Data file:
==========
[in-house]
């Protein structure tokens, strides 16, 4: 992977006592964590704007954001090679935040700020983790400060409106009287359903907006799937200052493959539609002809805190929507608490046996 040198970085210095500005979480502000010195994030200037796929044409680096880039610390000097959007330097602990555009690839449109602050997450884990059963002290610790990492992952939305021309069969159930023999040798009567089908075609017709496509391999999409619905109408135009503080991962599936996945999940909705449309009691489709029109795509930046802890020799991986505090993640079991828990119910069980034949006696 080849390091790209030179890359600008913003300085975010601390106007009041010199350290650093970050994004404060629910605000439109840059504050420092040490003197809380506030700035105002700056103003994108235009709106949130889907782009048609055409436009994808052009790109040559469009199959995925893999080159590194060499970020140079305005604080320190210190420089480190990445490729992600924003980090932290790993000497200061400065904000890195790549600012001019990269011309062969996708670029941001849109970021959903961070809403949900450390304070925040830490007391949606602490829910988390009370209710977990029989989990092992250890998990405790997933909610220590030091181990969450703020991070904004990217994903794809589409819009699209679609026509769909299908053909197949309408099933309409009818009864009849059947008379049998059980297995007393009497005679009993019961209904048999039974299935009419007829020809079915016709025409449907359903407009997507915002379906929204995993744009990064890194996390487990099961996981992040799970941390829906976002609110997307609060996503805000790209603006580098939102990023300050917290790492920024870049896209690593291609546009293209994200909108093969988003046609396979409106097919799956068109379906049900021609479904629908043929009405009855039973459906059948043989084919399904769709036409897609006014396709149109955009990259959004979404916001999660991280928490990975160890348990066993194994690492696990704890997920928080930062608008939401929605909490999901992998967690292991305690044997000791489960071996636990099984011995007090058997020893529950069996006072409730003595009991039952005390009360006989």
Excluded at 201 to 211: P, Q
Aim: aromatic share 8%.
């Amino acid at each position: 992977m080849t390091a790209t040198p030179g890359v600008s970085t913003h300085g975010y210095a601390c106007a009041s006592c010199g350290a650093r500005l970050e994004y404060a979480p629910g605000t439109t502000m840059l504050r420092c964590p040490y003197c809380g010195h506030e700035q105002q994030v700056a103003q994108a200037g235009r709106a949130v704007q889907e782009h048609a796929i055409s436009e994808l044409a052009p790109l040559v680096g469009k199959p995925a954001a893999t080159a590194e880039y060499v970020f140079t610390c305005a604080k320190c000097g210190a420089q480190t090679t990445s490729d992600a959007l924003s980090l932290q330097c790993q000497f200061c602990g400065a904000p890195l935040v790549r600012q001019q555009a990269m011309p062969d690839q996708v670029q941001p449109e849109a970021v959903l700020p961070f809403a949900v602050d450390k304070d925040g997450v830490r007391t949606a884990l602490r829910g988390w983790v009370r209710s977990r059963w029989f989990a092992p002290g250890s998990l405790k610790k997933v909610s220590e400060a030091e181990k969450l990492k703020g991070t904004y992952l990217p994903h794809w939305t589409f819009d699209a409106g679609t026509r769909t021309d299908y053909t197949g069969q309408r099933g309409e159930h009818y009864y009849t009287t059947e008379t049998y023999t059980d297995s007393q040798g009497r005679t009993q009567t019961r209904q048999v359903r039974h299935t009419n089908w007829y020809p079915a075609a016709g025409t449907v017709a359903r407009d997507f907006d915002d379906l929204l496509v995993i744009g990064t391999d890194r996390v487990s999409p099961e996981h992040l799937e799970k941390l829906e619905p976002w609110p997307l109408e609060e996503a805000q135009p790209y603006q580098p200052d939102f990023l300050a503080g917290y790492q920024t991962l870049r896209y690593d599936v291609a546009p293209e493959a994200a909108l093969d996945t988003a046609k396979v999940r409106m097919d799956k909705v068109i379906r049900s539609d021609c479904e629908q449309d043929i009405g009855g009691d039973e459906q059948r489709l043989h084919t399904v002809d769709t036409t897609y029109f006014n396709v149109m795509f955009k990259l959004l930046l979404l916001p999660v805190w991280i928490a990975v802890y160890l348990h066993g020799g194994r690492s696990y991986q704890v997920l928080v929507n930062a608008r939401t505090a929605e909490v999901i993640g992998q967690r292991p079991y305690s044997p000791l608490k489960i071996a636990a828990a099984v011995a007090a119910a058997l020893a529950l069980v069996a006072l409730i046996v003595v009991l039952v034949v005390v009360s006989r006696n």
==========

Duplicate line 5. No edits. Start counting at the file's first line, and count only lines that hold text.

């Amino acid at each position: 992977m080849t390091a790209t040198p030179g890359v600008s970085t913003h300085g975010y210095a601390c106007a009041s006592c010199g350290a650093r500005l970050e994004y404060a979480p629910g605000t439109t502000m840059l504050r420092c964590p040490y003197c809380g010195h506030e700035q105002q994030v700056a103003q994108a200037g235009r709106a949130v704007q889907e782009h048609a796929i055409s436009e994808l044409a052009p790109l040559v680096g469009k199959p995925a954001a893999t080159a590194e880039y060499v970020f140079t610390c305005a604080k320190c000097g210190a420089q480190t090679t990445s490729d992600a959007l924003s980090l932290q330097c790993q000497f200061c602990g400065a904000p890195l935040v790549r600012q001019q555009a990269m011309p062969d690839q996708v670029q941001p449109e849109a970021v959903l700020p961070f809403a949900v602050d450390k304070d925040g997450v830490r007391t949606a884990l602490r829910g988390w983790v009370r209710s977990r059963w029989f989990a092992p002290g250890s998990l405790k610790k997933v909610s220590e400060a030091e181990k969450l990492k703020g991070t904004y992952l990217p994903h794809w939305t589409f819009d699209a409106g679609t026509r769909t021309d299908y053909t197949g069969q309408r099933g309409e159930h009818y009864y009849t009287t059947e008379t049998y023999t059980d297995s007393q040798g009497r005679t009993q009567t019961r209904q048999v359903r039974h299935t009419n089908w007829y020809p079915a075609a016709g025409t449907v017709a359903r407009d997507f907006d915002d379906l929204l496509v995993i744009g990064t391999d890194r996390v487990s999409p099961e996981h992040l799937e799970k941390l829906e619905p976002w609110p997307l109408e609060e996503a805000q135009p790209y603006q580098p200052d939102f990023l300050a503080g917290y790492q920024t991962l870049r896209y690593d599936v291609a546009p293209e493959a994200a909108l093969d996945t988003a046609k396979v999940r409106m097919d799956k909705v068109i379906r049900s539609d021609c479904e629908q449309d043929i009405g009855g009691d039973e459906q059948r489709l043989h084919t399904v002809d769709t036409t897609y029109f006014n396709v149109m795509f955009k990259l959004l930046l979404l916001p999660v805190w991280i928490a990975v802890y160890l348990h066993g020799g194994r690492s696990y991986q704890v997920l928080v929507n930062a608008r939401t505090a929605e909490v999901i993640g992998q967690r292991p079991y305690s044997p000791l608490k489960i071996a636990a828990a099984v011995a007090a119910a058997l020893a529950l069980v069996a006072l409730i046996v003595v009991l039952v034949v005390v009360s006989r006696n």